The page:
The Guyana Rice Development Board (GRDB) is reporting that the second crop harvest is 95 per cent completed and that paddy being shipped to mills is in great condition.
GRDB General Manager Jagnarine Singh told Stabroek News that while issues with a small group of farmers along the Essequibo coast is “a work in progress,” so far there have been almost no complaints from farmers about paddy prices.
“Well, if there were discrepancies, I’m sure they would be calling the media first…but so far this is moving nicely. The reduced capacity in storage at the mills last time was really because the deal with Venezuela wasn’t finalised as yet, but now we are shipping rice. First crop we started late and there was a storage problem,” Singh said.
For the second crop harvest, the Agriculture Ministry, the Guyana Rice Producers Association and the GRDB worked tirelessly to ensure that measures were taken to protect the paddy from infestations in order to achieve a better product in the end, he said. “This season we have seen a lot less damage to the paddy so losses are minimal… farmers are getting between $3,500 and $4,200 a bag,” he said, while noting that the best grade of paddy was fetching the highest prices.
As to whether paddy prices would drop since this was a record breaking year in production, Singh stated that he didn’t foresee that to be an issue. He said that Guyana had its Venezuela quota obligation to meet and is also looking for more markets and could easily begin exporting rice regionally on a larger scale.
Under the current PetroCaribe Agreement with Venezuela, Guyana will export 140,000 tonnes of paddy and 70,000 tonnes of white rice. Guyana was also in talks with Haiti, Belize and other regional governments earlier this year when the ministry first realised that rice production was likely to surpass the target.Singh said that while Guyana’s rice industry was booming, he did not expect that paddy prices would drop because the market is regulated.
With production for the year already over 514,000 tonnes, Singh credited the GRDB’s improved relationship with farmers as well as advances in research and development over the years, which have seen new rice varieties being constantly studied and tested. Singh said too that the GRDB’s role has become far more expansive, while noting that the board will regularly have members of staff studying for degrees in agriculture. Currently, there are five GRDB employees overseas completing post graduate work, he noted. He said the five areas of development are entomology, agronomy, quality assurance, plant breeding and extension education programmes. Singh said the GRDB had to assess areas which needed more qualified personnel and that the board itself had to ensure that its workers benefited. He noted that all employees who studied were bound by five-year contracts. “Of course, we have that five years in there, but I did that too and I am still here so long after… continuing education is our biggest asset right now and we have to continue with that for research and development,” Singh stated.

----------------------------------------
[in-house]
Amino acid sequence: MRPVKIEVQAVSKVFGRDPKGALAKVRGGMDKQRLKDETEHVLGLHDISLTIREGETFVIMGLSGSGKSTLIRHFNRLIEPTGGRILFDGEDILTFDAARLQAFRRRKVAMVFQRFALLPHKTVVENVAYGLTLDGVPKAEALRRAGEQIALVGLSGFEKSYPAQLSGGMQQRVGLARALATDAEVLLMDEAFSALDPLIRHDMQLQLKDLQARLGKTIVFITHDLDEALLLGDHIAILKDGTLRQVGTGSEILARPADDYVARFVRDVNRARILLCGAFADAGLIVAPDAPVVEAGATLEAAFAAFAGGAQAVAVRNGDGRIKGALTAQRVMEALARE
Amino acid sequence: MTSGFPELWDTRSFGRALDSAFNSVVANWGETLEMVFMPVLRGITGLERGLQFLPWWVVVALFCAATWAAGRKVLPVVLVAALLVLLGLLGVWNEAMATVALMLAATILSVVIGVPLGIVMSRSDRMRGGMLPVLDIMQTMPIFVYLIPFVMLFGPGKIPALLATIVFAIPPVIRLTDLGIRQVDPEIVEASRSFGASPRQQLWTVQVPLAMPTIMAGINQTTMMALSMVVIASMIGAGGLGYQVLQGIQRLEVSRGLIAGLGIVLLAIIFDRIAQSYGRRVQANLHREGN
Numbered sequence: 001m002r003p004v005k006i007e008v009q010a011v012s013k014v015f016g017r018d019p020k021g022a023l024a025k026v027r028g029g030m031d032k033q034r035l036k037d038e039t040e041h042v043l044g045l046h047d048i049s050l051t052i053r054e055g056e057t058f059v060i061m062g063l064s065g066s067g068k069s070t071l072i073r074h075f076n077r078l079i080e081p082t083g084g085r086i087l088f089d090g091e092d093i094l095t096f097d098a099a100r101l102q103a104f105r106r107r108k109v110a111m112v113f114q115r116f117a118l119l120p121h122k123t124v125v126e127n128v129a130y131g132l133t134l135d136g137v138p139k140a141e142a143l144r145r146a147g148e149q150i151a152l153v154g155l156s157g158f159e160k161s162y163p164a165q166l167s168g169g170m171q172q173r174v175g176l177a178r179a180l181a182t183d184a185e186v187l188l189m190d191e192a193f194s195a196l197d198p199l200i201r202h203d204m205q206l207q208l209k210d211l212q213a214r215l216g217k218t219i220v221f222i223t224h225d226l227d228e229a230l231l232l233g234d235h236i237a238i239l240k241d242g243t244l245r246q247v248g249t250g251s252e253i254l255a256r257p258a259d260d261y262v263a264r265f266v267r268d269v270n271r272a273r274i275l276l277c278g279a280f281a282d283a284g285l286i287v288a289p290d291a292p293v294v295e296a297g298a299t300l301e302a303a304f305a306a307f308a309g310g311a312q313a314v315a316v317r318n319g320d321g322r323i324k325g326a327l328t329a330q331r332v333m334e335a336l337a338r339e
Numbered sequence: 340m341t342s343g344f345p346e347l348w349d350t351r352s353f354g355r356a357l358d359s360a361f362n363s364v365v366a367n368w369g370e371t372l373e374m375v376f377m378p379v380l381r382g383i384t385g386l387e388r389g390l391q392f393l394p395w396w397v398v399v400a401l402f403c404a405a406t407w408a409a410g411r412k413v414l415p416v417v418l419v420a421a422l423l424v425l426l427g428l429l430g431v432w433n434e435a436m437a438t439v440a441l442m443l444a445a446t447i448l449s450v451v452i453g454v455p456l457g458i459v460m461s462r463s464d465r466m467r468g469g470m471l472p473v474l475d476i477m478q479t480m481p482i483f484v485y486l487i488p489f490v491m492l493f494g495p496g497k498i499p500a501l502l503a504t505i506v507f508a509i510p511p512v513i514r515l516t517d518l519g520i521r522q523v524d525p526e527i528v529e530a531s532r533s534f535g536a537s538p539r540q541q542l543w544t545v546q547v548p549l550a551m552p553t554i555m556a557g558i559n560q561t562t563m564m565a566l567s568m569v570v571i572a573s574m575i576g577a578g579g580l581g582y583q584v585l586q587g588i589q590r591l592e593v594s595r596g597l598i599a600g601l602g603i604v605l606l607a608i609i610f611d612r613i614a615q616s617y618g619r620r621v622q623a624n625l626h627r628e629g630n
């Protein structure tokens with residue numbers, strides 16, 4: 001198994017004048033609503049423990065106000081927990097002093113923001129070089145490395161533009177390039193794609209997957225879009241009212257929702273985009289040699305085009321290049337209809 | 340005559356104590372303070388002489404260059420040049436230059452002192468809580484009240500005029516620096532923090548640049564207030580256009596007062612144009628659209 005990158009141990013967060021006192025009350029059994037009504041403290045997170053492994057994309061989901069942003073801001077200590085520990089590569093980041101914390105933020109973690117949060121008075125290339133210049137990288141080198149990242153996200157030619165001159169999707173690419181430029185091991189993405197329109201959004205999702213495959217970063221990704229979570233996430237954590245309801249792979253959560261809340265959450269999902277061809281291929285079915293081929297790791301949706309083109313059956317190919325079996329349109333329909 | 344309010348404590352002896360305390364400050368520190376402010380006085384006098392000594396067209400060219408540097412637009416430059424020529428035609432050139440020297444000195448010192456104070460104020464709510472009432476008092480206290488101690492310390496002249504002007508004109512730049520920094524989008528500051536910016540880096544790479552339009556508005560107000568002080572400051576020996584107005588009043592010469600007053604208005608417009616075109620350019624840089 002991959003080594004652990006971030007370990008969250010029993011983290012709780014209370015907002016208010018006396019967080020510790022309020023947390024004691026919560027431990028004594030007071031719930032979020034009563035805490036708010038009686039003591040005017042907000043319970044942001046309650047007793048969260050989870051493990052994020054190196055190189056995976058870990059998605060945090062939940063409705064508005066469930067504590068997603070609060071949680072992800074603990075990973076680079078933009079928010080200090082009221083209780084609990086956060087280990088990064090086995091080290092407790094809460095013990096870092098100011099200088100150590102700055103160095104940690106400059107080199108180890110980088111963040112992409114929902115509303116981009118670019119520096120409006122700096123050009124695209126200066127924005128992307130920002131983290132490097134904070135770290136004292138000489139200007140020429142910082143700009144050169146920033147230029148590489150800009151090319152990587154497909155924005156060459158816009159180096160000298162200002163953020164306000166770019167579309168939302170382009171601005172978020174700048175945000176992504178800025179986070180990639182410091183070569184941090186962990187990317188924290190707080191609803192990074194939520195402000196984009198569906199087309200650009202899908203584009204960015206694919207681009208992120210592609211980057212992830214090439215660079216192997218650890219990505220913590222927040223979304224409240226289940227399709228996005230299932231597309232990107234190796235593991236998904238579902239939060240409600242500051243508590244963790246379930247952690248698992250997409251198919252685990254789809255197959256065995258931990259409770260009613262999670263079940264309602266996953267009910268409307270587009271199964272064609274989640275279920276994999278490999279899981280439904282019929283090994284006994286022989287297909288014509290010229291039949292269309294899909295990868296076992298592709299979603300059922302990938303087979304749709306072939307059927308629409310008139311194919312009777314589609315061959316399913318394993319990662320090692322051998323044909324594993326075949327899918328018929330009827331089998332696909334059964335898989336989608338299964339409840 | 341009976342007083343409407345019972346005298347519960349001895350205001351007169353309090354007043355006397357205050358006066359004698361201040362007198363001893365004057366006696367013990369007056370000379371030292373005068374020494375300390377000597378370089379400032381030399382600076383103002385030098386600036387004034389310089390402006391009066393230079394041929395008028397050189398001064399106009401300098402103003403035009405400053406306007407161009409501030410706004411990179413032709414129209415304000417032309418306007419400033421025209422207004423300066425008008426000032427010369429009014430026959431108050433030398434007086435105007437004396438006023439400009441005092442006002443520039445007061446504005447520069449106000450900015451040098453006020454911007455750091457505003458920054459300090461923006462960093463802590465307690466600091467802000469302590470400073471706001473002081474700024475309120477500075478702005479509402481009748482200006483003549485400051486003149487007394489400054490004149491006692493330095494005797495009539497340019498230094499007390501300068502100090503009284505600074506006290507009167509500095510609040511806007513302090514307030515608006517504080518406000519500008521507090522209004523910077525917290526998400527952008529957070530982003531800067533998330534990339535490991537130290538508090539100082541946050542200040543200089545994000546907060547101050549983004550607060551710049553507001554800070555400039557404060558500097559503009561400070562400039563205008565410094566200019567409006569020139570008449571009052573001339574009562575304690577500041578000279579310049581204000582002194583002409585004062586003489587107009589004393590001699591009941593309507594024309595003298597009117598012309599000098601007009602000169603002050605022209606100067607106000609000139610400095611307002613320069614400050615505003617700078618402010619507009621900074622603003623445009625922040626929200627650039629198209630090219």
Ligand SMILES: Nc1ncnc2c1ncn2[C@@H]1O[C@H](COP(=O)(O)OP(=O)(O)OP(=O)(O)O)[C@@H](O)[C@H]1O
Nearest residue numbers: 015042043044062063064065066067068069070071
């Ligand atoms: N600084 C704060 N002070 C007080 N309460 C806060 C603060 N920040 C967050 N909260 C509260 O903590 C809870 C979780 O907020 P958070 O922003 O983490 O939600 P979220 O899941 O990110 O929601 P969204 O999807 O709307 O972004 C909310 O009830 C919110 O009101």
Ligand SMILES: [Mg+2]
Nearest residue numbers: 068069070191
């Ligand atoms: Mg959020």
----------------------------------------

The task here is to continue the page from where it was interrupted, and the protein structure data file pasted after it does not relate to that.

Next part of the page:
He said this year’s high production is an immediate testament to the successes of increasing yield and working on drainage and irrigation throughout the rice growing regions. “It is not just increasing yield and planting more, what we have seen is a better management and work with all the components that go into rice production,” he noted.
Guyana has over 75,000 hectares of land being utilised for rice cultivation in 2013. Last year Guyana’s rice production reached 412,000 tonnes, exceeding the target by 10,000. This year’s target was set at 450,000 tonnes.